MBSR Center of NJ  November 15, 2016

Our Dear MBSR Friends,      
     Some of you have reached out to ask me to write something related to the election. First, let me say how grateful I am to my family members and all people of all parties who worked their hearts out for this election. It has not been my path to be an especially political person, but I have always been so grateful to everyone who has done that heavy lifting.
     This year, nine days before we were to give our annual MBSR talk at the Grand Summit Hotel in Summit, we were sitting at our son, Triston's house, with three of our grand-children, watching the election returns come in and preparing to have a toast to my mother, whose whole life had been devoted to working for just causes. As it became clearer and clearer what the outcome was going to be, our thirteen year old grand-son began to weep as the rest of us sat there taking in the news. Although, I also was in shock, I found myself suddenly quiet and remembering a time when our family had shared a shock together before.
     Feeling as though my mother was present, I suddenly found myself speaking from a place of great resolve, recalling for our grand-children: "A short while after 911, we were all sitting in a circle in our living room trying to deal with the trauma we were all experiencing when your grand-mother spoke out." She said, "When we, and the rest of the world, found out about the holocaust, we felt the world could never be the same. But, we were wrong. The world recovered. And, she added, it is my experience and understanding of history and of life, that the good has always outlasted the bad." I found myself adding, "We will always help you, but now, this needs to be an impetus for you to work with all your might to try to understand what has happened and to keep trying to make this a better world."
     For me, going home that night in semi-disbelief, I found myself facing a question that I had begun to ask myself after hearing the author of "Hillbilly Elegy" speak on an interview show. I asked myself how I could have been so oblivious to the pain of so many people. I woke up with that question that next morning realizing that the people who some thought of as "deplorables" had made the headlines, but the real story for
me was all the good people who had been suffering. There were
so many people who had lost their jobs and their homes, feeling that big government had done nothing to help them, and that they had been forgotten, and so they voted for "change".

     Another thing that came to my mind the next morning after the election was that just before I gave the November Summit Talk last year, the Paris attack had occurred, leading me to write then also about the experience of facing a great shock. That event led me to recollect a story I had heard Thich Nhat Hahn(the Buddhist teacher) tell. He spoke about how when the boat people were fleeing from the Vietcong at the end of the war, they were trying to save their families, friends and pets by loading them onto boats, however leaky, or even onto doors, and he commented that, "if one person in the boat was able to remain centered and quiet inside, it meant the difference between life and death for everyone in the boat." I found myself, now, post- election night, wondering if I could remain quiet enough to become much more reflective about what path needed to be taken now.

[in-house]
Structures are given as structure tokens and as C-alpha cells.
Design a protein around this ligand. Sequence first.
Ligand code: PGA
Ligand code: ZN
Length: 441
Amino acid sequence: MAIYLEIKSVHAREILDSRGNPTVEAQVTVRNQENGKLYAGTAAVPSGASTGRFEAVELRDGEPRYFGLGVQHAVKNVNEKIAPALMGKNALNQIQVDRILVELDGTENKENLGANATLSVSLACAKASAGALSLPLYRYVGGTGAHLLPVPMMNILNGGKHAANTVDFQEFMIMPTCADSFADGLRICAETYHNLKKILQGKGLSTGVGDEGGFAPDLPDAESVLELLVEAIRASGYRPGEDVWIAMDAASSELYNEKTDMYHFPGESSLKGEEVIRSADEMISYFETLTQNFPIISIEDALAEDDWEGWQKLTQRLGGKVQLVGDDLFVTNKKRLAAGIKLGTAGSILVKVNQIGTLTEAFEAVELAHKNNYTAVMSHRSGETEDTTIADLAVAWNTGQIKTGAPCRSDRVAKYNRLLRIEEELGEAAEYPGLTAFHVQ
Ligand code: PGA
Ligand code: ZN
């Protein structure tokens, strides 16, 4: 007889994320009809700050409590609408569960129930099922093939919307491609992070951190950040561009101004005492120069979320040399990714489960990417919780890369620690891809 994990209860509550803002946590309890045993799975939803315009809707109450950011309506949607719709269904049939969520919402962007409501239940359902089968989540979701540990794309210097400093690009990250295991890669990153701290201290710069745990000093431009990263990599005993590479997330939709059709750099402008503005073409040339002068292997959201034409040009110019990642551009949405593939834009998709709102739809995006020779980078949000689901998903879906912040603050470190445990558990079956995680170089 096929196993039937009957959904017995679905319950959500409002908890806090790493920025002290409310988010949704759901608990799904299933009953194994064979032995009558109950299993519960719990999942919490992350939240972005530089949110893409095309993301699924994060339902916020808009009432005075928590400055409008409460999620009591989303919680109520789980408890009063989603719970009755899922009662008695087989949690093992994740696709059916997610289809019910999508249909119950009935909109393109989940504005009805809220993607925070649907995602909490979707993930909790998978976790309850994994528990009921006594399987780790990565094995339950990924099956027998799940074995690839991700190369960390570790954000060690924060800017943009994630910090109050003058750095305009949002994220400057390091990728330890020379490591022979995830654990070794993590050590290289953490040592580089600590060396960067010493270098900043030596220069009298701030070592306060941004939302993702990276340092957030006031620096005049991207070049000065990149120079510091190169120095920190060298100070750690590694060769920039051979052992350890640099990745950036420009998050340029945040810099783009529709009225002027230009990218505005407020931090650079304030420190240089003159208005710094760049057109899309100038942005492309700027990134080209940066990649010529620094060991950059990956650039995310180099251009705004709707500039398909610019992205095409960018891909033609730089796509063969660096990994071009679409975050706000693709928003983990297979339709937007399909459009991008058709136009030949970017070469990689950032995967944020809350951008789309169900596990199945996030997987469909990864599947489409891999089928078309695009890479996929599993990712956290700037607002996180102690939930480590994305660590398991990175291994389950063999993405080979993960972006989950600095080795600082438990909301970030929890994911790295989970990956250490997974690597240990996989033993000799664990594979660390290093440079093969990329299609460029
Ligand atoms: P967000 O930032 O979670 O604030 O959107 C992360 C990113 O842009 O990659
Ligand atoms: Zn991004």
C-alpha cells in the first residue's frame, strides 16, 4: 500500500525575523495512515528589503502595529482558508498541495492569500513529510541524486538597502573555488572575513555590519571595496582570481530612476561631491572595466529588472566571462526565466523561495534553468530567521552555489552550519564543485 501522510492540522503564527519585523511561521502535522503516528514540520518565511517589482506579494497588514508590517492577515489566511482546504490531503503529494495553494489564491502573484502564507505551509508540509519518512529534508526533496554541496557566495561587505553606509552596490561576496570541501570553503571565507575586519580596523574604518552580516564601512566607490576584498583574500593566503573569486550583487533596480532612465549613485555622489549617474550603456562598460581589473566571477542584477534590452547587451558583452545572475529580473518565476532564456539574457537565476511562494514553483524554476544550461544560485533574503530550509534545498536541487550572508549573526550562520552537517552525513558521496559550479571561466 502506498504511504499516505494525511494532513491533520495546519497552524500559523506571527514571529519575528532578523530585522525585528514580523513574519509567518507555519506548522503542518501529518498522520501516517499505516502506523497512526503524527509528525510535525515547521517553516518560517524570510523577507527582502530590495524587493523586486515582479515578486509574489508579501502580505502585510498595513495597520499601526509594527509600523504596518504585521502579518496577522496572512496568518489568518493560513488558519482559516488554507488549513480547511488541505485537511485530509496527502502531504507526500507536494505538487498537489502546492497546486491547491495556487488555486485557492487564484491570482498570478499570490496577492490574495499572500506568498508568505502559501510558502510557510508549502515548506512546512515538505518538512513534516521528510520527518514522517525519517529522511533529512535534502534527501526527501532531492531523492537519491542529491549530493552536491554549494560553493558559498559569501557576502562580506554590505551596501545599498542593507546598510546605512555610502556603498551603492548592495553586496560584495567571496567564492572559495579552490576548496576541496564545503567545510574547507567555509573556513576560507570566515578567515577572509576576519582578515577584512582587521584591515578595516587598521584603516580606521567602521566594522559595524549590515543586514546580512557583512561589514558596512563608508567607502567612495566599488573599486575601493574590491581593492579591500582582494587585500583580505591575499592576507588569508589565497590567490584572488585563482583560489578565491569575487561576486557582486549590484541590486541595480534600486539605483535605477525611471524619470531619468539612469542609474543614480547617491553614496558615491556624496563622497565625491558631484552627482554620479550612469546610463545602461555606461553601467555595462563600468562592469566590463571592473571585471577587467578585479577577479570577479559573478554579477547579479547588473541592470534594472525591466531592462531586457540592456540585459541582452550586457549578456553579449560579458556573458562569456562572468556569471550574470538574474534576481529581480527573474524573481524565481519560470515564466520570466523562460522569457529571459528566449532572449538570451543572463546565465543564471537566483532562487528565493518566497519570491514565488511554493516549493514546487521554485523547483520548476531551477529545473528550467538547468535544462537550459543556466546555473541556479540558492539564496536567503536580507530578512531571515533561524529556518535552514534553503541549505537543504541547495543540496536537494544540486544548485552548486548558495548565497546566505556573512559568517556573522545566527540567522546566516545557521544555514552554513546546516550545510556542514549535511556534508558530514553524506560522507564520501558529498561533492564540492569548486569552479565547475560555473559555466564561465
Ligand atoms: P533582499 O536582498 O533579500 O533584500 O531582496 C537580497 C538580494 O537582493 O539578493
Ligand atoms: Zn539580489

Last year, just a few days before the Paris attack, Kabat-Zinn spoke in NYC. One thing he shared was his belief that mindfulness is, at heart, about RELATIONALITY.  In many ways, that's what this talk is about tonight-relationship with self as it is connected to our relationship with others and with the quality of our lives.
     A major premise of MBSR is that we frequently tend to live in a very small part of ourselves. As I was watching the current news I couldn't help wondering about how we human beings can become so identified with an ideology that we can lose all capacity for compassion. It is my experience that under duress we have the propensity to live in and identify with too small a part of ourselves, and perhaps too small a part of the country and the world.
      A few years ago, I attended a Harvard Medical School Conference on Meditation and Psychotherapy in which the Dalia Lama was sitting up on the stage with a group of the most important leaders in the fields of psychology and psychiatry. Kabat-Zinn, to whom he is close, and who was sitting next to him, was the only non- medical person on the stage. At one point the Dalai Lama in his customary pose of innocence began to chuckle after the conversation had become very "intellectual" and he suddenly asked the people on the stage and those of us in the audience, "What is modern psychology?" A number of very intellectual answers were offered and then suddenly Kabat-Zinn stood up and said with great intensity and clarity, "Modern psychology is the west's attempt to alleviate the suffering of those beings who have mistaken a small part of themselves for the whole."
     A lifelong meditator myself, I find Jon Kabat-Zinn's approach to meditation a hugely beneficial resource and have come to understand why he says: "Do this as if your life depends on it, for it surely does!"